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Training with back pain may only require a simple modification

Back pain remains as one of the leading causes of disability worldwide and according to research, over 70% of people will experience back pain at some point in their lives.

When back pain is measured among such a large number of people, it is impossible for each person to specify the different ways in which their back pain presents.

When treating physical therapy patients with back pain, we see this pain present in many different ways. Since we treat such active people, our patients are very aware of the different movements that elicit their symptoms.

Many times, picking objects off the floor, aka deadlifts, produce their back pain. During these movements, the body bends over by folding at the hips. This moves the spine into a position that is horizontal relative to the ground, resulting in more shearing forces within the spine. Shearing force is the force of one vertebra wanting to move forward or backward relative to the one above or below it.

For many others, squatting movements are problematic, specifically when squatting with resistance (such as when lifting weights). When squatting the spine is vertically oriented (compared to a deadlift) resulting in more vertical compression against gravity.

Do you have back pain? If so, is it worse when picking things up off the ground or when squatting with resistance?

If it is worse when picking things up off the floor, aka deadlifting, you may want to consider replacing deadlift exercises with squatting variations within your training program. While this should not be a permanent solution, it can help you get out of pain while addressing the root causes of the issue.

If your pain worsens when squatting with resistance, you may want to consider switching to more single leg squatting variations in place of double leg squats. Once again, this should not be a permanent solution (although single leg exercises are awesome!), however it can help you get out of pain while addressing the root cause of your pain.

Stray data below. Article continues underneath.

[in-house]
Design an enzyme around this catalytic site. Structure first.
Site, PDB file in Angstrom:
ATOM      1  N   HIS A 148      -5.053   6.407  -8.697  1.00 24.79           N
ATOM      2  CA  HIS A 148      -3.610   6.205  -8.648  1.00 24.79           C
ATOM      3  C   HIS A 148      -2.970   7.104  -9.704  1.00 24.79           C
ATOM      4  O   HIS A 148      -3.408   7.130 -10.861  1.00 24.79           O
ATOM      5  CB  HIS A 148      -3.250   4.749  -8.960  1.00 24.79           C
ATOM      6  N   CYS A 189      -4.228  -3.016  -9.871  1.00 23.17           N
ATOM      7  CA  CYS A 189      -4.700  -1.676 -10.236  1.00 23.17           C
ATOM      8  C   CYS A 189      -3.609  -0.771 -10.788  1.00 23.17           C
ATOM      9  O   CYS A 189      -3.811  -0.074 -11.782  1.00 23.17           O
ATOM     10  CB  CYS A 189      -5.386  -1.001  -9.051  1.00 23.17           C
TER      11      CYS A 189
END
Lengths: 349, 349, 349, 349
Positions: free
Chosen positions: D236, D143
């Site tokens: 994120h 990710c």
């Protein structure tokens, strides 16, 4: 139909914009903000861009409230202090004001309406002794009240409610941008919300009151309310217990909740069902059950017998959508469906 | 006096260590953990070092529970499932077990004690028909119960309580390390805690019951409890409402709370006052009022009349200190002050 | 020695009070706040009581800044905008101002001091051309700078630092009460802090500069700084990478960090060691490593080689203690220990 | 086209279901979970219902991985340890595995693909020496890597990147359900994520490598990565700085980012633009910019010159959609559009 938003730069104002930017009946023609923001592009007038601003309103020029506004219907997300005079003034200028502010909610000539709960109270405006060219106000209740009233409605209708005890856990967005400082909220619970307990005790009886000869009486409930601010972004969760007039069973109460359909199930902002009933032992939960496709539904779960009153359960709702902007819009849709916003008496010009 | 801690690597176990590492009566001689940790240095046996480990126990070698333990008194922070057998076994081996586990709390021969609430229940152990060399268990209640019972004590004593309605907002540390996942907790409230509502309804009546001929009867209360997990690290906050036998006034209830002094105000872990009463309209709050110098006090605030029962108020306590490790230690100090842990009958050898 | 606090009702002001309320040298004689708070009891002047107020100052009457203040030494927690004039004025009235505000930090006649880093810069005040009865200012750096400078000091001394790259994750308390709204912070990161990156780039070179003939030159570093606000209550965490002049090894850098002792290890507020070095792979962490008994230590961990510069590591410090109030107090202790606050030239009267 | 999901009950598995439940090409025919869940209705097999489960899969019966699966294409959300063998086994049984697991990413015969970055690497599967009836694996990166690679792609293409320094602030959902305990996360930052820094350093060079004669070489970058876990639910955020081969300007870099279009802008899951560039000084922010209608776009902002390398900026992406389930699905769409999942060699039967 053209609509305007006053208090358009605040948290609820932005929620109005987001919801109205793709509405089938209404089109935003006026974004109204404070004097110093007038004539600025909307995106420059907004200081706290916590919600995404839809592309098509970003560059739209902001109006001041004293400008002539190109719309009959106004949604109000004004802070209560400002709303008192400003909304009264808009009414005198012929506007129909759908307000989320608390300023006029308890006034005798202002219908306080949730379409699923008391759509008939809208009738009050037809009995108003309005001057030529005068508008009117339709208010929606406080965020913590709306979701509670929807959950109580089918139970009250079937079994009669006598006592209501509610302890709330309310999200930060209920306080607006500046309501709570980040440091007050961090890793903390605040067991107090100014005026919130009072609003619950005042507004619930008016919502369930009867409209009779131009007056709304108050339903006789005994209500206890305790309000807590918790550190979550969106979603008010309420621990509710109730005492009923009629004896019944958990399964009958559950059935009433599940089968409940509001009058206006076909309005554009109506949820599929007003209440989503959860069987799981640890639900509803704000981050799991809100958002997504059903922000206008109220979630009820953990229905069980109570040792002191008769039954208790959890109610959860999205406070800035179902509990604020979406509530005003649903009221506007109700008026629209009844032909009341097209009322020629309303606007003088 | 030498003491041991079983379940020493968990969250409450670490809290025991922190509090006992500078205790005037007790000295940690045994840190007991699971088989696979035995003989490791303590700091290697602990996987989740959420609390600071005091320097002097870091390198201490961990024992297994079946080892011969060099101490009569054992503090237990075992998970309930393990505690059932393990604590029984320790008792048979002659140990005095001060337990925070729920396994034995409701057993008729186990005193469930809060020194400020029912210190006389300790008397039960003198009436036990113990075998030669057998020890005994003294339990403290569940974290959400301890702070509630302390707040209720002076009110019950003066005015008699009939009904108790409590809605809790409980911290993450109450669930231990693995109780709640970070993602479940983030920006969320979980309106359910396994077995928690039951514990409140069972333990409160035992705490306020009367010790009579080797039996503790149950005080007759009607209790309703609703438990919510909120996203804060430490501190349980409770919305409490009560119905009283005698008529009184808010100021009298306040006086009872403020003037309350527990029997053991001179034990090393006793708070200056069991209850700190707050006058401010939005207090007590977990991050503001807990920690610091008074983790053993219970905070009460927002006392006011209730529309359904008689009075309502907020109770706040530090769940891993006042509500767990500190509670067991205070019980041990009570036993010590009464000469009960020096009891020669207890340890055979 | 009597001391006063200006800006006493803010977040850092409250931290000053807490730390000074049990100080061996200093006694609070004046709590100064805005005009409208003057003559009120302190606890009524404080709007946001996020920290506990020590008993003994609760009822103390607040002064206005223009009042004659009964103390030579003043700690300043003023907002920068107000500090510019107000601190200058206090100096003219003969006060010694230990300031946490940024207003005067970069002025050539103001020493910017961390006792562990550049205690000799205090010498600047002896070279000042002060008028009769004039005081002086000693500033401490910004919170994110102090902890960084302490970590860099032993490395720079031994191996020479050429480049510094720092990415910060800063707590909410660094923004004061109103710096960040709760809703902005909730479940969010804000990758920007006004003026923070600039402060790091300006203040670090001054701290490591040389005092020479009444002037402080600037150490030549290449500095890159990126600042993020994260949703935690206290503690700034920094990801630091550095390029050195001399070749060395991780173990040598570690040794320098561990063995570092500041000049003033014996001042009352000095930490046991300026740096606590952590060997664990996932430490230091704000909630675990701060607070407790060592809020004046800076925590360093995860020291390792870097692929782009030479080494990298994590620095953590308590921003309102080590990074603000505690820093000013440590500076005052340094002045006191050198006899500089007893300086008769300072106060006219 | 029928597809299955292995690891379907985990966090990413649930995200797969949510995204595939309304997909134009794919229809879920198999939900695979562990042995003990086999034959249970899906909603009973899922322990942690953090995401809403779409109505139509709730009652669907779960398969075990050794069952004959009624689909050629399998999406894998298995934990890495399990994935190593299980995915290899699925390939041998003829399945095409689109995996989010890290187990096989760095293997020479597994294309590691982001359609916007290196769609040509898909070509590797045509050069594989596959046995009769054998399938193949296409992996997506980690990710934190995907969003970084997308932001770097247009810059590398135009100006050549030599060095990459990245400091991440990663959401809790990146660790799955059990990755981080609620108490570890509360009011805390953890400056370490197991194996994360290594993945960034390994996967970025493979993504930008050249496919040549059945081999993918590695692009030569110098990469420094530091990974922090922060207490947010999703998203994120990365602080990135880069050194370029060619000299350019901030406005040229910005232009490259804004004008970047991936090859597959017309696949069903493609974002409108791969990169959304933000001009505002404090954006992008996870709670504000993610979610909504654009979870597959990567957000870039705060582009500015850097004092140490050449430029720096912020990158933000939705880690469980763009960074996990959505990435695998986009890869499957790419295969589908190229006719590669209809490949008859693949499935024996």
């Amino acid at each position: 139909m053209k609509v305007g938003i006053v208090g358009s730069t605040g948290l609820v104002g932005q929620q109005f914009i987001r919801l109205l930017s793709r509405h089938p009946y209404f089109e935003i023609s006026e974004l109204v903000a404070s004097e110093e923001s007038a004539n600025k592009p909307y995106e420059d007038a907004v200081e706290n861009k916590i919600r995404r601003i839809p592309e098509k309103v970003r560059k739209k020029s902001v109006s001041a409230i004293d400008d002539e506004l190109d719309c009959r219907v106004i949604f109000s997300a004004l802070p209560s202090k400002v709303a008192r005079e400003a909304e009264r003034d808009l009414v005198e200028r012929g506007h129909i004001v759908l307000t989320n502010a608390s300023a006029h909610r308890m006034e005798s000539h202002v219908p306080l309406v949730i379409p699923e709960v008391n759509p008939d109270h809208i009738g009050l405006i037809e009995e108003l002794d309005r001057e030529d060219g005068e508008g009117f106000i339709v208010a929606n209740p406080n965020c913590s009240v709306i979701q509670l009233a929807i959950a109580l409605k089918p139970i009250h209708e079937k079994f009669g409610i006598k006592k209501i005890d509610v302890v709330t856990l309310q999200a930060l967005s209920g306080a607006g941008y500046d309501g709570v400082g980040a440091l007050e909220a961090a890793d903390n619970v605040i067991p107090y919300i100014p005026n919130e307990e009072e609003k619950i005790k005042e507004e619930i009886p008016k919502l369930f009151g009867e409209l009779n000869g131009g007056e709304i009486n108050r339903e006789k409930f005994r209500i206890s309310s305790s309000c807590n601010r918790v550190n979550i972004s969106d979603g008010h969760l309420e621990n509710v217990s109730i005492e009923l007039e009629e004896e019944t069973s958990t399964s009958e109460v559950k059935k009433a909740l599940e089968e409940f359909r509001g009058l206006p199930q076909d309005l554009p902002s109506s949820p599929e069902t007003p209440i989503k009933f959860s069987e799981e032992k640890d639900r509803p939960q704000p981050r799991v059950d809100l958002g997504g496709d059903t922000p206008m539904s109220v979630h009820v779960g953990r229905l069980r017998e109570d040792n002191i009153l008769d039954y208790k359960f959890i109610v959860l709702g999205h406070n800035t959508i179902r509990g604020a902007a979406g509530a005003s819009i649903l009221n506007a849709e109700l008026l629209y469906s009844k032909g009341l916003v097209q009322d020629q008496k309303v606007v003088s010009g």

For help addressing the root cause of your pain, simply contact us!

What you can do from home to accelerate your training

couple walking outside

When the COVID-19 pandemic began I was feeling stressed and was anxious. Old aches and pains were even returning!

I was no longer prioritizing my own fitness routine, causing me to be more sedentary than usual. This combination of stress and decreased daily movement caused my old back injury from college to become slightly noticeable again.

This was a powerful reminder of the importance of taking care of myself.

I now make sure to prioritize my morning routine which includes meditation, journaling, and most importantly (at least for me), exercise.

While I do enjoy an intense workout, many days I simply go on a long walk followed by 10-15 minutes of light continuous movement using only my body weight.

My back feels great and the most importantly, I am reaping the positive physical and mental health benefits of exercise.

And while my workout routine works well for me, it might not work for others. Your self-care routine is specific to you. What activities help you to feel and function at your best?

Despite the differences, we often find that a variation of physical activity is helpful. I won’t bore you the science of why, however, if you are interested I am happy to share it!

Below are 3 exercises that are fantastic for you to try at home. They are helpful for anyone that suffers from a cranky lower back, is looking to feel better, and/or improve their fitness.

-Heels Elevated Goblet Squat (no weights at home? No problem! Simply hold a backpack filled with books or a jug of water): start with 3 sets of 8-10 reps

https://www.youtube.com/watch?v=i-os3nvr23s

-Bear Position Hold: 3 sets of 5 breathing cycles

https://www.youtube.com/watch?v=A9IJ2b_GbF4

-Goblet Split squat (use a weight or the same tool from exercise #1): start with 3 sets of 8-10 per side

https://www.youtube.com/watch?v=aazACzyUR-Q

-Dr. Zachary Cohen PT, DPT, CSCS